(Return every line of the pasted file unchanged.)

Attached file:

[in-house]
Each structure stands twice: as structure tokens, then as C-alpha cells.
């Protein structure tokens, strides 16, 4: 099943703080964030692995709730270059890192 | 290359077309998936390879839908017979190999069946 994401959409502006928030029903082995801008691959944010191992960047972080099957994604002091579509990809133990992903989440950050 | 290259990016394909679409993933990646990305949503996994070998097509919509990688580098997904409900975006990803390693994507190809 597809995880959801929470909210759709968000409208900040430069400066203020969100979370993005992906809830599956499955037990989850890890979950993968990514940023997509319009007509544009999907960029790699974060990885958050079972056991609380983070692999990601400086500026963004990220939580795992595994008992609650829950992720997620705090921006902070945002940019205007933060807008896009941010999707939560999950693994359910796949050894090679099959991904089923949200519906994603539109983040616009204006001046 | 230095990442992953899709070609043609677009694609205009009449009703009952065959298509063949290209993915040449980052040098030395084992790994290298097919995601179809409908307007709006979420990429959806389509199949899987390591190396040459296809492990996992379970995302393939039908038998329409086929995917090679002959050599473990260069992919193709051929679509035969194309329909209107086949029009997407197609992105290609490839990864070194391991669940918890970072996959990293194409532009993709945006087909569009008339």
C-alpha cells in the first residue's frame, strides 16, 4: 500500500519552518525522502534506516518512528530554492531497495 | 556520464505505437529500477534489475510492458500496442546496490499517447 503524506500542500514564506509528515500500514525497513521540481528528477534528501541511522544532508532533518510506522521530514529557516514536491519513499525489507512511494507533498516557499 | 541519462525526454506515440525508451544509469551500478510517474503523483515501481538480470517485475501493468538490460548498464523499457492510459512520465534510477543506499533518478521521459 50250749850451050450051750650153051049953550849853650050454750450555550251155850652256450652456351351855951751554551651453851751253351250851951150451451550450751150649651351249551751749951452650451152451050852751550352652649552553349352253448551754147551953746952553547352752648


[in-house]
Each structure stands twice: as structure tokens, then as C-alpha cells.
């Protein structure tokens, strides 16, 4: 099943703080964030692995709730270059890192 | 290359077309998936390879839908017979190999069946 994401959409502006928030029903082995801008691959944010191992960047972080099957994604002091579509990809133990992903989440950050 | 290259990016394909679409993933990646990305949503996994070998097509919509990688580098997904409900975006990803390693994507190809 597809995880959801929470909210759709968000409208900040430069400066203020969100979370993005992906809830599956499955037990989850890890979950993968990514940023997509319009007509544009999907960029790699974060990885958050079972056991609380983070692999990601400086500026963004990220939580795992595994008992609650829950992720997620705090921006902070945002940019205007933060807008896009941010999707939560999950693994359910796949050894090679099959991904089923949200519906994603539109983040616009204006001046 | 230095990442992953899709070609043609677009694609205009009449009703009952065959298509063949290209993915040449980052040098030395084992790994290298097919995601179809409908307007709006979420990429959806389509199949899987390591190396040459296809492990996992379970995302393939039908038998329409086929995917090679002959050599473990260069992919193709051929679509035969194309329909209107086949029009997407197609992105290609490839990864070194391991669940918890970072996959990293194409532009993709945006087909569009008339």
C-alpha cells in the first residue's frame, strides 16, 4: 500500500519552518525522502534506516518512528530554492531497495 | 556520464505505437529500477534489475510492458500496442546496490499517447 503524506500542500514564506509528515500500514525497513521540481528528477534528501541511522544532508532533518510506522521530514529557516514536491519513499525489507512511494507533498516557499 | 541519462525526454506515440525508451544509469551500478510517474503523483515501481538480470517485475501493468538490460548498464523499457492510459512520465534510477543506499533518478521521459 50250749850451050450051750650153051049953550849853650050454750450555550251155850652256450652456351351855951751554551651453851751253351250851951150451451550450751150649651351249551751749951452650451152451050852751550352652649552553349352253448551754147551953746952553547352752648